New Zealand convicted a Samoan chief of human trafficking and slavery, and sentenced him to 11 years in prison this week.
According to court records, Joseph Matamata had convinced 13 people to move from Samoa to neighboring New Zealand since 1994 with the prospect of work and sending money back to their homeland. A Samoan chief, otherwise known as a matai, Matamata was said to hold the respect of his family and those around him.
Upon arrival, after being taken to a property surrounded by a high wire fence, their passports were seized and were told they needed permission in order to leave or contact their family members. When one teenage girl escaped, she was taken back in a car with her hands and wrists tied.
The victims were then forced into slavery, picking fruits for long hours from orchards. Nearly all profits from their work were given to Matamata, and many of them were given less than $1,000 at the end of their stay for more a year’s work. Those who did not comply were beaten and subjected to fear and intimidation.
Announcing the sentencing, Justice Helen Cull noted how victims felt a sense of shame when they returned home after having “nothing to show for their time away” and being “criminalized for their illegal immigration status.”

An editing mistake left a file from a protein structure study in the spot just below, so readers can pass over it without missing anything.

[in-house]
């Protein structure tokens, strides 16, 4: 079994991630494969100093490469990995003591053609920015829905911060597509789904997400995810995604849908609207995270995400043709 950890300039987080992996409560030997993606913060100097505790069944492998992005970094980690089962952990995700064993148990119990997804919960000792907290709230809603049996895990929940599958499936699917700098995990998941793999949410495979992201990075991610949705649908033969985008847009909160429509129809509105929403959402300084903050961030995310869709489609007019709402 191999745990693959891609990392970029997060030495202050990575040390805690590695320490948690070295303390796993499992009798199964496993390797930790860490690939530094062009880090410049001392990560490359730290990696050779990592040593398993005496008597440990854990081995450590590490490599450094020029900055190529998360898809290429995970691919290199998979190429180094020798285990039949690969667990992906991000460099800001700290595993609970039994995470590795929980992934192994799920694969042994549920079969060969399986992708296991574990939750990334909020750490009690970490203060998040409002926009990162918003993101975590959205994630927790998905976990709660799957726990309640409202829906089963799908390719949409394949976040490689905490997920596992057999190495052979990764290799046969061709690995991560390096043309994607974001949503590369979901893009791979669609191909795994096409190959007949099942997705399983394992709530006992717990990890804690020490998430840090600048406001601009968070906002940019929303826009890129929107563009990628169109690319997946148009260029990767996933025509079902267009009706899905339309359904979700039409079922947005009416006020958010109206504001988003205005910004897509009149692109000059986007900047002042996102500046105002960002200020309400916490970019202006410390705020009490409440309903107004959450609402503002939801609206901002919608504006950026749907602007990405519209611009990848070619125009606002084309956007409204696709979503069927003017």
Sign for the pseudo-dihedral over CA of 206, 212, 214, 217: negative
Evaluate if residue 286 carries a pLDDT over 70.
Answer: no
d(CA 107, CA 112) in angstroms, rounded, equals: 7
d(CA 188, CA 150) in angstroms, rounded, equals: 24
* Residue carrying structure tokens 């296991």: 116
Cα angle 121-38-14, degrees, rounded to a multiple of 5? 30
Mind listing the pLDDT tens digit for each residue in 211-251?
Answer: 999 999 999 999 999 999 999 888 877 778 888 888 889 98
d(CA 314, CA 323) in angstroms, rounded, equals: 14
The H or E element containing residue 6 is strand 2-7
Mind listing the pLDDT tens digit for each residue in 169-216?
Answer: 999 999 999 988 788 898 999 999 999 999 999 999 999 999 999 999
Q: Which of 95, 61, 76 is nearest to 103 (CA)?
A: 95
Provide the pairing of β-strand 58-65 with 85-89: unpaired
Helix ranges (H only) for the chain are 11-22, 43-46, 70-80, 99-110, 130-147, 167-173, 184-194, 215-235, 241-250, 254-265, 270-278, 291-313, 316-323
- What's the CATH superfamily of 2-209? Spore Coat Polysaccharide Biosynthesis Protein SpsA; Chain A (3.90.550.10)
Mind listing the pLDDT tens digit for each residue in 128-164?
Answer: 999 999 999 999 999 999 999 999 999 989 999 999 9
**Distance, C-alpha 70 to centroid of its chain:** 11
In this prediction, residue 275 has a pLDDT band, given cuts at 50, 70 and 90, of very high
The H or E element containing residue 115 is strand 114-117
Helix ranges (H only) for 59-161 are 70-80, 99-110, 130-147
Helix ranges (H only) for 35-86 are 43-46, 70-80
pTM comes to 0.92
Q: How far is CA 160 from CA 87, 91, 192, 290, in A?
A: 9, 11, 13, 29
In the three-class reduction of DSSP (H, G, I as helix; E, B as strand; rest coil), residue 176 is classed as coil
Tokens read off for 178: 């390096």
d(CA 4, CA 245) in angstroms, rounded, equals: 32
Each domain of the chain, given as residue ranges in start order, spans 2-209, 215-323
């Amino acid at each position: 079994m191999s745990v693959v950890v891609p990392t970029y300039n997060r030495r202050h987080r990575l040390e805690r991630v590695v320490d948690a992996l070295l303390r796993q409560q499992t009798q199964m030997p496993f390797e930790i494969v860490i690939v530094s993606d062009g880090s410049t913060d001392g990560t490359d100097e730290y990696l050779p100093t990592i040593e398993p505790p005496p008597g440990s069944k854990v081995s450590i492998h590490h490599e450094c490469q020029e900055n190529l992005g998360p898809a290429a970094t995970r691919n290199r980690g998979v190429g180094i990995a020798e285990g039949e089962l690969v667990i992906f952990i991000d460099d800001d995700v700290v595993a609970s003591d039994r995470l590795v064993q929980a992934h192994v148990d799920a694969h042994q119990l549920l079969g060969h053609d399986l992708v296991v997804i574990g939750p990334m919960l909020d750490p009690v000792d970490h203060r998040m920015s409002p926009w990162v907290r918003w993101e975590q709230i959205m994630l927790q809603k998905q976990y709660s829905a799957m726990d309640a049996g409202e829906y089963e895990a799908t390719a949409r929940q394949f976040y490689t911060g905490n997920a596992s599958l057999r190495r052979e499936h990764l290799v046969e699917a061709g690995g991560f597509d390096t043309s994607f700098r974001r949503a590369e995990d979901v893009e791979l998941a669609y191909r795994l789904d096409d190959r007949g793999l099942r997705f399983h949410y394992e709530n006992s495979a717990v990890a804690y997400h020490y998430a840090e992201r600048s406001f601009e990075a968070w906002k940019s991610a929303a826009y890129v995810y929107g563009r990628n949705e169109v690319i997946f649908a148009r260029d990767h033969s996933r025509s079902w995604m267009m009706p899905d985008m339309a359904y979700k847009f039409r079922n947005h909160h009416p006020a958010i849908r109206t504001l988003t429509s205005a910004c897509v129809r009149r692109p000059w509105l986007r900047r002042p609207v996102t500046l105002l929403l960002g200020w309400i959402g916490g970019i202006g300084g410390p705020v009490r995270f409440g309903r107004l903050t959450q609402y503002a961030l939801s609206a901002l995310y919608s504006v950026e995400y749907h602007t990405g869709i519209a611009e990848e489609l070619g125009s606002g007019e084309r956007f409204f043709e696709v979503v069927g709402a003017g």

“They cannot return to New Zealand for work and many feel this stigma and history will limit their ability to work … for the rest of their lives,” she noted. “Some of the victims are hopeful for their future but many still feel a lot of guilt and pain for what occurred to them at (Matamata’s) hands.”
In a statement after his sentencing, Immigration New Zealand general manager of verification and compliance, Stephen Vaughan, said that Matamata’s actions had gone “against all basic human decency.”
“His breaches of trust, physical abuse, and blatant disregard for the well-being of people he was purporting to help were unconscionable and must be condemned,” Vaughan said.
As part of the sentence, Matamata was also ordered to pay 183,000 NZD ($122,000) in reparations to his 13 victims as compensation for their work. According to Immigration New Zealand investigations manager Carl Knight, the victims were “ecstatic” to learn of their tormentor’s sentencing, adding that the reparations will be “life-changing” for their families.
“They were ecstatic to be honest. They were relieved it’s over as it’s been a long and harrowing ordeal for them,” he said. “These people had to go back to their villages in utter shame without any money whatsoever. They tried to explain … but it didn’t mean anything because they just weren’t believed. It put not only them, but their families, in a whole lot of despair … sometimes for years.”